That starts at the top. If you want “digital transformation” you have to transform the relationship between applications and the business, which starts by redefining how you conceptualize the role of applications in supporting workers. In the past, we’ve used software to create a framework for production, and built human processes to fit the software model. That’s why the advent of minicomputers and personal computers and online services have been transformative—they let us build the IT model “closer” to the worker.
The line departments think this “framework” has become a cage, though. Because software processes are highly integrated with each other and increasingly just touch the worker through a GUI, they aren’t particularly responsive to changes or opportunities that demand a more fundamental shift. We can see this in the way businesses struggle to support mobile work. Mobile-worker productivity support is effectively contextual, personalized, IT. That eliminates an application-driven flow in favor of linking IT support to worker-recognized events.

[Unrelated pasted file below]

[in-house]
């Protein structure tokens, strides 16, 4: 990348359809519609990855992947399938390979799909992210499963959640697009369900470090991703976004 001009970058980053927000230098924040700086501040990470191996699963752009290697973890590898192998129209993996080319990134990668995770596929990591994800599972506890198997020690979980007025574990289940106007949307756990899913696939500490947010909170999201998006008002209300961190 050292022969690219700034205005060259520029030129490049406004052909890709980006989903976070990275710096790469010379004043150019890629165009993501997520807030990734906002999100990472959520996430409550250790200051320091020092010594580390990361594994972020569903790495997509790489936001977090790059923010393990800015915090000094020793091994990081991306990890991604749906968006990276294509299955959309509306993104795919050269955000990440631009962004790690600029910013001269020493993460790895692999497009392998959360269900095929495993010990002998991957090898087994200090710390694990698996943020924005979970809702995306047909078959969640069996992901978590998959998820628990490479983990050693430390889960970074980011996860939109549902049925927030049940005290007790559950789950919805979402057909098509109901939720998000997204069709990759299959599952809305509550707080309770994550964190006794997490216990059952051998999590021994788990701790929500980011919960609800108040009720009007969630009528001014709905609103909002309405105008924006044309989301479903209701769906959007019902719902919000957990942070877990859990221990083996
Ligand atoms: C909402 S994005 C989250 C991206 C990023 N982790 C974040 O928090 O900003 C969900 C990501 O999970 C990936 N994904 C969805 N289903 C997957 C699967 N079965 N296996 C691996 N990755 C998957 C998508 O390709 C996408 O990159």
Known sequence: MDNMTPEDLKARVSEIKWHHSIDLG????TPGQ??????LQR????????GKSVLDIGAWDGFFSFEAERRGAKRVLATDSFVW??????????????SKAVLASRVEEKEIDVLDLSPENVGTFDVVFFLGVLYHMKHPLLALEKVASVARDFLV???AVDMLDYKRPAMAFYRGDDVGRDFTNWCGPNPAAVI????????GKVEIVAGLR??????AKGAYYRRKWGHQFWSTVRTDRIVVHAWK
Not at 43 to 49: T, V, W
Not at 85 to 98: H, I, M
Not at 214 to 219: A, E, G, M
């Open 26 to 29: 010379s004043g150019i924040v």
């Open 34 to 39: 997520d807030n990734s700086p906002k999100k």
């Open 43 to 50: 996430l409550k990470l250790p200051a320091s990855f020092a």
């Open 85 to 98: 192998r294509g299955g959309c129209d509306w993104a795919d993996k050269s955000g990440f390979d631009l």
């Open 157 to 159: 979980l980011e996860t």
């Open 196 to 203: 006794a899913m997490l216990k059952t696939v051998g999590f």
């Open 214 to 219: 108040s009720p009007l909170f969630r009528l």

It’s not happening today. In my most recent exchange with enterprises, I found that almost three out of four said their mobile strategy was to make their applications work on a mobile device. It should have been focused on defining the right information relationship to support a mobile worker. But how? By making applications completely event-driven.
Making something event-driven means taking the workflow structure out of applications, and instead looking at any activity as a series of events or “happenings” that suggest their own process support tasks at the application level. This, you’ll undoubtedly recognize, is an enterprise version of the event-driven OSS/BSS trend in the operator space. The realization of digital transformation must be to first create an event-driven software structure, then create an agile platform to host it, and finally to create a set of network services that properly connect it.